5

To answer your question, the only times a hub works better then a switch is when you have bad hardware or incompatible hardware. The first is relatively easy to test, but incompatibilities can be difficult to find. I have run into switches that just don't like communicating with particular switches. Try switches that are different models and manufactures and ...


5

If you mean like this: Then yes it is technically possible, but there are drawbacks: But if one or both devices draw power FROM the USB header then the wheels fall off. A device connected to the USB header will hang onto the connection even if the software for it is shut down and the device is "powered off." See: ...


5

I believe the key here, is that he stated it's a passive 2.5" hard drive enclosure. That means that it may require two powered ports to have full power. The hard drive just may not be getting enough power. Is the hub plugged into a power outlet Does the usb cable have two ports? And are both being plugged into the usb hub? Does system Profiler see the ...


5

First, Gigabit Ethernet doesn't allows hubs. When the IEEE first defined GigE, they briefly had a spec for how a GigE hub should work, but no one ever shipped one, and the IEEE quickly deprecated the spec and recommended that GigE always be switched. (Trivia note: This means that GigE is technically not CSMA/CD.) You can still buy 100BASE-TX hubs if you ...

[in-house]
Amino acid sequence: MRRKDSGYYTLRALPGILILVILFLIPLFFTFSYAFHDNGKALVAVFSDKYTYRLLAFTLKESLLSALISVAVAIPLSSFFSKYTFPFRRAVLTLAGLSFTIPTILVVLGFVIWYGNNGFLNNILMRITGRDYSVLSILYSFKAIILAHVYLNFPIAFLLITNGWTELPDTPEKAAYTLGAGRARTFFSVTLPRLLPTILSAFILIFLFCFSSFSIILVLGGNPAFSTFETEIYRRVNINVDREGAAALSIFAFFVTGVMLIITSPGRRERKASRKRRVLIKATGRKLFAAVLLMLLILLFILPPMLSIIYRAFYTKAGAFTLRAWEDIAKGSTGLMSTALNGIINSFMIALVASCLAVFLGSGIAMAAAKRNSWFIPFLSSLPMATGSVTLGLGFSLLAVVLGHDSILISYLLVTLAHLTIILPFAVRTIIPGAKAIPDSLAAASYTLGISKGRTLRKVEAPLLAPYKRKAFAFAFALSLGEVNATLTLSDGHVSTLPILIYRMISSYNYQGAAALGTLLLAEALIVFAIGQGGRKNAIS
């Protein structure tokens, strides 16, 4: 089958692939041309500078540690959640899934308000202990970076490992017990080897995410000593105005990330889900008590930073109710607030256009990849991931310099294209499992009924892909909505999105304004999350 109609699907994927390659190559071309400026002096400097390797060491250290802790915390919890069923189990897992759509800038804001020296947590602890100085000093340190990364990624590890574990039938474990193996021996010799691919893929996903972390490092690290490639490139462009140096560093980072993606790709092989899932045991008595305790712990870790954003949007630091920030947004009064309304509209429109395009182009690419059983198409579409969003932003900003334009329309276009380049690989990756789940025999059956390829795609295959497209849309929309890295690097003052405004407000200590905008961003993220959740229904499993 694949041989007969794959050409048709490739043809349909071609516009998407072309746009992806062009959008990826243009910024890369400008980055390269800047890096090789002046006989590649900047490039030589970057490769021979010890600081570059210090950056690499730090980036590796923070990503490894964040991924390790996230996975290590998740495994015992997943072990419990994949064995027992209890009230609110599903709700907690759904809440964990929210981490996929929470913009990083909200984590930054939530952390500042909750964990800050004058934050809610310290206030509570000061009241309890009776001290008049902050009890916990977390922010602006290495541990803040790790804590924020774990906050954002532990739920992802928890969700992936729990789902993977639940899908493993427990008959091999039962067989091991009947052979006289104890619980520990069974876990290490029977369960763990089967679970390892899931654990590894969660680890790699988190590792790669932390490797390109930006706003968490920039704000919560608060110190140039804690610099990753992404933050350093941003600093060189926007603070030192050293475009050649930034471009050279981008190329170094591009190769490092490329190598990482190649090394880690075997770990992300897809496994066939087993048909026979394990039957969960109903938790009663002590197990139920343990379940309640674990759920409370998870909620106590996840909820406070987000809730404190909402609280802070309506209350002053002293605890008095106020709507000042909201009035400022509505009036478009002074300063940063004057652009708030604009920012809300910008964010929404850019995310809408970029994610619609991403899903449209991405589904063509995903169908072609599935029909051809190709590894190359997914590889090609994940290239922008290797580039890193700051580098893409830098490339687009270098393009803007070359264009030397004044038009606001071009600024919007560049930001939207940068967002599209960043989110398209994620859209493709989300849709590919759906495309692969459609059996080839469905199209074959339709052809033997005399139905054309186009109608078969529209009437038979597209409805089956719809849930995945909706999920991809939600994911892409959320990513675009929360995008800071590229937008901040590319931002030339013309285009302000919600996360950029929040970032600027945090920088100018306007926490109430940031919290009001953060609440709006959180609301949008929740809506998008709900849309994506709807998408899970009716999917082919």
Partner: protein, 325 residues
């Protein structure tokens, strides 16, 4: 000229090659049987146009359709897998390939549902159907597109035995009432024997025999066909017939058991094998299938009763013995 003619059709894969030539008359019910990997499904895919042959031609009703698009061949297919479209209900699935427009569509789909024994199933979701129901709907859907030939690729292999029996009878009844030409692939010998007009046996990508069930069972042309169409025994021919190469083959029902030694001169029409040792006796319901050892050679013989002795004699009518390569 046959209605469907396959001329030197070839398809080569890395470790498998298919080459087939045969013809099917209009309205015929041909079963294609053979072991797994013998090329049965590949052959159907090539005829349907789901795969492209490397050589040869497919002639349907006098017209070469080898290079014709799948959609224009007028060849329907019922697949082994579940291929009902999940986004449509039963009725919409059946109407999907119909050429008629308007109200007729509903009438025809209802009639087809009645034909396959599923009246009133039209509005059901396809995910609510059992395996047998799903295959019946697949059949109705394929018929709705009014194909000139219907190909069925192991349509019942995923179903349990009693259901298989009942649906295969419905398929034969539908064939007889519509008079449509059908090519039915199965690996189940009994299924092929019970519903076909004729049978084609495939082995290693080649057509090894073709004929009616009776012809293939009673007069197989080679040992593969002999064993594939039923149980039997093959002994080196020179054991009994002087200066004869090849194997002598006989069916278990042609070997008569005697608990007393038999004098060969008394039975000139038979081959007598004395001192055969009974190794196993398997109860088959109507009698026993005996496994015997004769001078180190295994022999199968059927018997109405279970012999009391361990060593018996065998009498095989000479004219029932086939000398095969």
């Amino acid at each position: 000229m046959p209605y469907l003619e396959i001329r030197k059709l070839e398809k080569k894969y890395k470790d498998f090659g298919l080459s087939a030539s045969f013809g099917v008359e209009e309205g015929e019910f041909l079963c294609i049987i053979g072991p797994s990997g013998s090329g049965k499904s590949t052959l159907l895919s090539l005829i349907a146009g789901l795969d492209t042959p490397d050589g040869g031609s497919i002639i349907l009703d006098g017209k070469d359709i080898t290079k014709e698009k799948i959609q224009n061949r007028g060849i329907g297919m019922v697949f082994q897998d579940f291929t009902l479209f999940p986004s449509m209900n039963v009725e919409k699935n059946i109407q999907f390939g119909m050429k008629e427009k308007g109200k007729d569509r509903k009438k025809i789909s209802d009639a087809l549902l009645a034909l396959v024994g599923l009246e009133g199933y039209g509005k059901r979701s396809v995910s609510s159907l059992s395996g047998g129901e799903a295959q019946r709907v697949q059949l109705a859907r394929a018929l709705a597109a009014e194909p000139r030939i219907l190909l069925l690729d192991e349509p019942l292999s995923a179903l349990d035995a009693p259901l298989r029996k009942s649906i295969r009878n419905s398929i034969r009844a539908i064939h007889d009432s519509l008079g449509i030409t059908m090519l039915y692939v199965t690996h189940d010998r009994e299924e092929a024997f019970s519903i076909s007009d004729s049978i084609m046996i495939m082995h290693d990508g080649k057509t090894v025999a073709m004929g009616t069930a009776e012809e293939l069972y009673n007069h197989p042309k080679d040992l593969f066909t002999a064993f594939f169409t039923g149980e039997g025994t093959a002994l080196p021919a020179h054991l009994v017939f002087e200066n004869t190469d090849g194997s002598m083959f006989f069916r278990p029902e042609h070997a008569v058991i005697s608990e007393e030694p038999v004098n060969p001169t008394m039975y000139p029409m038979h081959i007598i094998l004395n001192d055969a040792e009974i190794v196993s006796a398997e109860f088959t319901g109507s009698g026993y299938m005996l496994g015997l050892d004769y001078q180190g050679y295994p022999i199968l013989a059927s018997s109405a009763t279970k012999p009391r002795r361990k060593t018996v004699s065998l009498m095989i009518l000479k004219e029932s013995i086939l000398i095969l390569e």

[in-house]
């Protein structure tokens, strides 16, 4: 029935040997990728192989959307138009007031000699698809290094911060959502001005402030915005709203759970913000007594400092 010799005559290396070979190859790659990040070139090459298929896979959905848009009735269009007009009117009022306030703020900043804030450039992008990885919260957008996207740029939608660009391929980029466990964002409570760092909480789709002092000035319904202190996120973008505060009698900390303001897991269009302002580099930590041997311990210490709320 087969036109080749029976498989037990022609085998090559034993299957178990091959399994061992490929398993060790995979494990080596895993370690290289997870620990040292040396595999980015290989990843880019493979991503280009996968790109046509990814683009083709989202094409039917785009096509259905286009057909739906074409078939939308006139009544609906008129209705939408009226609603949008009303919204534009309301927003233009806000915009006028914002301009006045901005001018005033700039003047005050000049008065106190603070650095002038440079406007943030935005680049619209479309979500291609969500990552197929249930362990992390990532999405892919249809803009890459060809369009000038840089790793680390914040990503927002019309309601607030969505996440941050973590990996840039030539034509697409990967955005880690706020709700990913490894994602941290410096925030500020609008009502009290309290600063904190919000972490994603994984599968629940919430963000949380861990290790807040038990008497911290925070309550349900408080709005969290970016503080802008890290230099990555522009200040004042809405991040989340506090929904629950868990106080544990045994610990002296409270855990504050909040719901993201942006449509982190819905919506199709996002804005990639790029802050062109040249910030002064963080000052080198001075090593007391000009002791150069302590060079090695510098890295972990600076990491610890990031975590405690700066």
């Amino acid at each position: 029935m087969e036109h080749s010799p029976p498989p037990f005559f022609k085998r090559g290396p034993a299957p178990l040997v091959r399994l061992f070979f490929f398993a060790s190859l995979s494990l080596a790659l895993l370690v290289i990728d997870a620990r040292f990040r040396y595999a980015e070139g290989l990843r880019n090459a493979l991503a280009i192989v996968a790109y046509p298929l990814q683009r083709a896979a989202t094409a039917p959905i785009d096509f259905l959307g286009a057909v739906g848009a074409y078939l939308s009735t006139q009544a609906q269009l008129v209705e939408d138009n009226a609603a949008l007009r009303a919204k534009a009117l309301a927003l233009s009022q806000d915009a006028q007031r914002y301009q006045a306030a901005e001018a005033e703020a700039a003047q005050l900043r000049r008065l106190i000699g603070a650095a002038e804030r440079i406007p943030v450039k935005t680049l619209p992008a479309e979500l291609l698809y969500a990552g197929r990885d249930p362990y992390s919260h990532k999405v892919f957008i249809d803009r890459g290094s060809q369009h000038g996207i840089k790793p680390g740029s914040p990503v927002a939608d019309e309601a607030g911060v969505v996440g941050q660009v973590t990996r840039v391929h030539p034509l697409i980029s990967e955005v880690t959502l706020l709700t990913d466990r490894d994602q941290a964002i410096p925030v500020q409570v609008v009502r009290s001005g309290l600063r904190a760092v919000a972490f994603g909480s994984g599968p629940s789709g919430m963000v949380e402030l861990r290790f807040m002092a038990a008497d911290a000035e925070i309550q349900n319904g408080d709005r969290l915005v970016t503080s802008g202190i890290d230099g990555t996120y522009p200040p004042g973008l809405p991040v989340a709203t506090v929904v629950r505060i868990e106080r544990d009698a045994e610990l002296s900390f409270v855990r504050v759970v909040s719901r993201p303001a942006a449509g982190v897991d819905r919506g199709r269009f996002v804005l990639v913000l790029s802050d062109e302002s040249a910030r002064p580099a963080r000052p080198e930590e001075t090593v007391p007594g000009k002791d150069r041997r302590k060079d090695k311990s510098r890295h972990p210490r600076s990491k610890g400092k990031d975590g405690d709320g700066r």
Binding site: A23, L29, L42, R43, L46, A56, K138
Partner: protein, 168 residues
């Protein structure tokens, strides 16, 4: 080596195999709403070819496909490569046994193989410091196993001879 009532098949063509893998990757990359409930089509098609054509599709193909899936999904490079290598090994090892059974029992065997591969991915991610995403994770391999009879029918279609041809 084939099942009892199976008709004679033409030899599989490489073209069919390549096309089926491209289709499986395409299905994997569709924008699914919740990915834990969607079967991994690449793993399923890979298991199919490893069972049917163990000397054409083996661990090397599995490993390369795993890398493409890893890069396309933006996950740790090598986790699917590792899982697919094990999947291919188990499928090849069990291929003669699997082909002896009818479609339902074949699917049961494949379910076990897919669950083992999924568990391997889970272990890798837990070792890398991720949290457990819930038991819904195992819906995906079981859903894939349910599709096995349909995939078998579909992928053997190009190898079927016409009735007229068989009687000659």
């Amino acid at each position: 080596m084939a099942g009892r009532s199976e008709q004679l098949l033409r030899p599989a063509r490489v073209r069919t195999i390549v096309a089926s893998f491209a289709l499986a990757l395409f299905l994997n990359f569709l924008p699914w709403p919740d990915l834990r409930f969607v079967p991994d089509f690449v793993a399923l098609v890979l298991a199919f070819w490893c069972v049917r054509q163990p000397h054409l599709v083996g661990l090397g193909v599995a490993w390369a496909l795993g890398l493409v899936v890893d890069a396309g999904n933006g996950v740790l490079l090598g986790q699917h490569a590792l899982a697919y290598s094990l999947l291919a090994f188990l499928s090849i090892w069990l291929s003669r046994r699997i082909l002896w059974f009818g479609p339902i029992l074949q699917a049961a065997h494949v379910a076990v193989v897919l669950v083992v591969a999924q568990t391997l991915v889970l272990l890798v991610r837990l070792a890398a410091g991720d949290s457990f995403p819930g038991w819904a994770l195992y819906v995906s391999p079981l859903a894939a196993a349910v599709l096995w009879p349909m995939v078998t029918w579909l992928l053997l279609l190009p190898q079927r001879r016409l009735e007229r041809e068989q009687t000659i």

5

Smart switches that implement the Spanning Tree Protocol (STP) will attempt to break loops by selectively shutting down ports if they detect their own BPDU packets getting back to them. In addition, their security protocols may shutdown ports where any BPDU was detected, if said port was designated to be single-terminal only. That said, pure repeaters and ...


5

In order for you to see any performance increase by plugging in two cables between the switches, you need to set up something called link aggregation, which will increase throughput between the two switches, and also provide redundancy if one of the links fail. Link aggregation is not supported by unmanaged switches, you need a managed or websmart switch. ...


4

Five port hubs Six port hubs Three probably isn't enough to justify making a product when 4 ports are readily available, so I'm sure that's why companies skip them. 8-port is a lot of ports, I would estimate the demand is small. Five and six port hubs do exist though.